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I have this data type

data Struct val =  Empty | Exec1 val
                         | Exec2 val 

And two dummy functions

apply :: Struct -> String
apply (Empty) = "matched Empty"  
apply (exec struct) = "matched Exec1 or Exec2"              

apply' :: Struct val -> String
apply' (Empty)   = "matched Empty"  
apply' (Exec1 _) = "matched Exec1"
apply' (Exec2 _) = "matched Exec2"

Second one is working fine, but the first one is causing error: "Parse error in pattern: exec". Can you plase explain why can't I match on constructor this way: apply (exec struct) = ... ?

It's causing a lot of boilerplate code when I have multiple constructors in my datatype and must pattern match them all separately.

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5 Answers 5

up vote 4 down vote accepted

Why? Because you can only match constructors, and exec is kind of a new variable. One reason for this is for example the following:

data Struct2 =  Empty | Exec1 String
                      | Exec2 Int

apply :: Struct2 -> String
apply Empty = "matched Empty"  
apply (exec struct) = ??

How should anyone know which of Exec1 and Exec2 you are matching? You couldn't apply functions here, since the actual type of struct couldn't be determined.

If you want to reduce the pattern matching, there are a number of ways, from using case, over different data implementation (like @Karolis suggested) and helper functions to higher level constructs with more complex types. But that's an endless topic.

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In general, if you have several constructors that share data, then it's usually better to refactor the data declaration to something like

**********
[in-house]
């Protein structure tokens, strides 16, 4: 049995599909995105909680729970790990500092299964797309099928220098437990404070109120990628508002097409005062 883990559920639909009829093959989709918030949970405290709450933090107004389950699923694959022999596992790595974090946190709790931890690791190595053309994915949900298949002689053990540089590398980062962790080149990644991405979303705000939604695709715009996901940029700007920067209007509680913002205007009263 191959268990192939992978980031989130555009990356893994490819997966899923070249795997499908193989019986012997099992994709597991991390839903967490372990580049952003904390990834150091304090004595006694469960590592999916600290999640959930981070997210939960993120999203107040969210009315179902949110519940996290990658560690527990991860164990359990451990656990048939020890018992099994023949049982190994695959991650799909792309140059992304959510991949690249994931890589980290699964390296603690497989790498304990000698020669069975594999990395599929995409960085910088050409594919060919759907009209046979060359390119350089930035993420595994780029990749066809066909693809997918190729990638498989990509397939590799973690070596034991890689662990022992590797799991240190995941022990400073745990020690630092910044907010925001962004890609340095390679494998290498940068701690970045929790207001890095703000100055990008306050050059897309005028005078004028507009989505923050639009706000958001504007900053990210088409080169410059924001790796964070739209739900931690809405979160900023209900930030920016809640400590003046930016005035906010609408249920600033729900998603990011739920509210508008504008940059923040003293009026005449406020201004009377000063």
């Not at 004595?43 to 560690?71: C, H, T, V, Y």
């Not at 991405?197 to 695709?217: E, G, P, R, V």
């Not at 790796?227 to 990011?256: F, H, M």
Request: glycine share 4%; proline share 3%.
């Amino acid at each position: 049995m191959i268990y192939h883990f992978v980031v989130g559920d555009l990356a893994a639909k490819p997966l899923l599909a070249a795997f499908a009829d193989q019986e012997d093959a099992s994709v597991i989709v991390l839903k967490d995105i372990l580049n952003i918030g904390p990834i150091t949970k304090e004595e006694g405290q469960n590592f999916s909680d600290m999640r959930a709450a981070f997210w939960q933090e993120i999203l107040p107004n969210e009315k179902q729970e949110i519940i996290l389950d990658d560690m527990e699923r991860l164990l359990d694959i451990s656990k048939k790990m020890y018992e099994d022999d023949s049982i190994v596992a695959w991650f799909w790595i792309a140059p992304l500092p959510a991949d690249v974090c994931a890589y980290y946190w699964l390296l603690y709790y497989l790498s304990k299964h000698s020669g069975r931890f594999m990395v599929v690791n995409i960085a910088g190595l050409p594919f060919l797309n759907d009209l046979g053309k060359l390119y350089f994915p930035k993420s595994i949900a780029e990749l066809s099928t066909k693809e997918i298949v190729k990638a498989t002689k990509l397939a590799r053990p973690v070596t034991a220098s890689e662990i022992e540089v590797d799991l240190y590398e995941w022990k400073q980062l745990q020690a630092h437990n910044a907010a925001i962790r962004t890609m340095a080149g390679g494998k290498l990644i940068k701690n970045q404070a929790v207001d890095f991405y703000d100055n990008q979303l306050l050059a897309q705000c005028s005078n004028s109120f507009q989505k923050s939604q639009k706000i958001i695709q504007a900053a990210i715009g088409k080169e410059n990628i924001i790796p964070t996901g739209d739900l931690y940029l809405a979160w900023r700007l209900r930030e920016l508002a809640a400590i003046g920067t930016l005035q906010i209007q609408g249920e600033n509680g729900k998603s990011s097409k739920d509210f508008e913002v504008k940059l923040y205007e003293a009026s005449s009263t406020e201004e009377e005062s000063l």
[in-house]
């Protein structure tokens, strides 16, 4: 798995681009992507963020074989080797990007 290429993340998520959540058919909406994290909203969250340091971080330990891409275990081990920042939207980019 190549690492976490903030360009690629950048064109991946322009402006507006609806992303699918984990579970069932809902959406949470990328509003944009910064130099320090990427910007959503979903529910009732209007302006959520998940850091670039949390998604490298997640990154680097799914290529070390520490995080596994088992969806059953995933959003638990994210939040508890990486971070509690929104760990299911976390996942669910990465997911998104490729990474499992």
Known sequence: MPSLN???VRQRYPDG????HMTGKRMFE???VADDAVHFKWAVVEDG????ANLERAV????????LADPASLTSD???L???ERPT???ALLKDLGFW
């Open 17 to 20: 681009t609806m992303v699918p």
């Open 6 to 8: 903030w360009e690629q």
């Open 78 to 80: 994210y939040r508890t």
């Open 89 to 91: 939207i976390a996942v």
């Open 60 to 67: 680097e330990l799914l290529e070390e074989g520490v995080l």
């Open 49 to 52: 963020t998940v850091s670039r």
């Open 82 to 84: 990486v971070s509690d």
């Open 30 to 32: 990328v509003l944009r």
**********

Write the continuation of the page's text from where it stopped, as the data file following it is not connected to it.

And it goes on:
data Struct val = Empty | NonEmpty StructType val
data StructType = Exec1 | Exec2

Now you can pattern match in apply like this

apply :: Struct -> String
apply (Empty) = "matched Empty"  
apply (NonEmpty exec struct) = "matched Exec1 or Exec2"

and you can still also pattern match to a specific Exec-type

apply' :: Struct val -> String
apply' (Empty)   = "matched Empty"  
apply' (NonEmpty Exec1 _) = "matched Exec1"
apply' (NonEmpty Exec2 _) = "matched Exec2"
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It might even be a good idea to re-use the pre-defined Maybe type in this situation. – dflemstr Jun 5 '12 at 10:30

"exec" is not a type constructor and you can only use those in pattern matching.

What you can do is

data Struct val =  Empty | Exec Int val

apply :: Struct -> String
apply (Empty) = "matched Empty"  
apply (Exec _ _) = "matched Exec1 or Exec2"              

apply' :: Struct val -> String
apply' (Empty)   = "matched Empty"  
apply' (Exec 1 _) = "matched Exec1"
apply' (Exec 2 _) = "matched Exec2"
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In your particular case you can do the following:

apply :: Struct -> String
apply Empty = "matched Empty"  
apply _     = "matched Exec1 or Exec2"

This will not scale nicely to more complicated results though.

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apply Empty = "matched empty"
apply (Exec1 _) = notEmpty
apply (Exec2 _) = notEmpty

notEmpty  = "matched Exec1 or Exec2"
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